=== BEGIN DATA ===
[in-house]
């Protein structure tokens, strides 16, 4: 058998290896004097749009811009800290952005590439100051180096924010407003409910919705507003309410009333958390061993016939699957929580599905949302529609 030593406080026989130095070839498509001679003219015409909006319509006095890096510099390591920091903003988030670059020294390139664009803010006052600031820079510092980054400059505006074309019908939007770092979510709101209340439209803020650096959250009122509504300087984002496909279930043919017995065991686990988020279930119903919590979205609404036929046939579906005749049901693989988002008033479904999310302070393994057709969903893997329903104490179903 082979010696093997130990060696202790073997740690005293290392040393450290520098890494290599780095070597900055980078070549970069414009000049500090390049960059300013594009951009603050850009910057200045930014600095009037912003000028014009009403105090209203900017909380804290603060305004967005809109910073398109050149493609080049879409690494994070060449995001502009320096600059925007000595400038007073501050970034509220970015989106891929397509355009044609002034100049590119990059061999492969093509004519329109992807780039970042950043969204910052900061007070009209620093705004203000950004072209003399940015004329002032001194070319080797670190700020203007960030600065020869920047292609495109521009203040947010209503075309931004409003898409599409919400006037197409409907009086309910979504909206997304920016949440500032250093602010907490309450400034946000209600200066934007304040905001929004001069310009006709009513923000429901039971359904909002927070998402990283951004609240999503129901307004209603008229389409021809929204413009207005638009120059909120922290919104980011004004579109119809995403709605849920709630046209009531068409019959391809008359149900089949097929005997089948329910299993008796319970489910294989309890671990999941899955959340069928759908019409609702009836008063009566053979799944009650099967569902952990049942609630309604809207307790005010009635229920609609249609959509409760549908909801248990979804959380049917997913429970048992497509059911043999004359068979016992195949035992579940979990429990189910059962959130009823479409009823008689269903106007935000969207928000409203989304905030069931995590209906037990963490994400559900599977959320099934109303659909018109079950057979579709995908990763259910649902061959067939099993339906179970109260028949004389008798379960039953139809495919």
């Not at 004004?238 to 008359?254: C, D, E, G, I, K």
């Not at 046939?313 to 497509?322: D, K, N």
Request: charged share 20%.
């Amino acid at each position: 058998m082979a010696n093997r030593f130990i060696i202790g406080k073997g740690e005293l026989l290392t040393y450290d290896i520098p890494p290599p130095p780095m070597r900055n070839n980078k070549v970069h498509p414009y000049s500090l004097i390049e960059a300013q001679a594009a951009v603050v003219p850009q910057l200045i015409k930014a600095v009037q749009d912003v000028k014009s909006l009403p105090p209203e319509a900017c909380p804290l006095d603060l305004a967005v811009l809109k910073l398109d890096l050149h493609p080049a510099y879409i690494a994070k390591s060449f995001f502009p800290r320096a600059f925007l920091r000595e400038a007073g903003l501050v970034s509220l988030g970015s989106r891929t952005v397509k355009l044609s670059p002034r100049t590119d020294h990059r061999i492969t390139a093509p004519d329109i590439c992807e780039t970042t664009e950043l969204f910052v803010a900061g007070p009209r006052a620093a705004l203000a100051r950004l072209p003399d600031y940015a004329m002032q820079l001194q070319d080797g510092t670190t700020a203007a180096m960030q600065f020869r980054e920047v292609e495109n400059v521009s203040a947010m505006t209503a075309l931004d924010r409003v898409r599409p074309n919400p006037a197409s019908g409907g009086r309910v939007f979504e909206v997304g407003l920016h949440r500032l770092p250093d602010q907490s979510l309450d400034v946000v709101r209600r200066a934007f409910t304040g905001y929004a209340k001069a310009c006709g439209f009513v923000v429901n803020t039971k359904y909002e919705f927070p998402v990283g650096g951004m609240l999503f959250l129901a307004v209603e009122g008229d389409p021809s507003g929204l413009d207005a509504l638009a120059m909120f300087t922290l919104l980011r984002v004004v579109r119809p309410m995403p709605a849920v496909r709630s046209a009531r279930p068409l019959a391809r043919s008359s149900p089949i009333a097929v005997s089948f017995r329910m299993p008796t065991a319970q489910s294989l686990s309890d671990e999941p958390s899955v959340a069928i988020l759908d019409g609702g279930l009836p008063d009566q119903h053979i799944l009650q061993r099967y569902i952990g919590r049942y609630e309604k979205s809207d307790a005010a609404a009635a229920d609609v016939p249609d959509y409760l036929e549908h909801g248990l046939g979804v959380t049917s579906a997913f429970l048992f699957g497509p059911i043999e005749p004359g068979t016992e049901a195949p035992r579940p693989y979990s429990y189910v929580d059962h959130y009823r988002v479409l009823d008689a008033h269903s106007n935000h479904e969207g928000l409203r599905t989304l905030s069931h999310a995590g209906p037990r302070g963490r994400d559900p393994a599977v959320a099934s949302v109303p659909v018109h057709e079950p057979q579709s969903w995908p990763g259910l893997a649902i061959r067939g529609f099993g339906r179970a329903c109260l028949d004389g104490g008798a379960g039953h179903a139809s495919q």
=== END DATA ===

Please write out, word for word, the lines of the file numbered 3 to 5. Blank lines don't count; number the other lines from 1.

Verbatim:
């Not at 004004?238 to 008359?254: C, D, E, G, I, K």
């Not at 046939?313 to 497509?322: D, K, N």
Request: charged share 20%.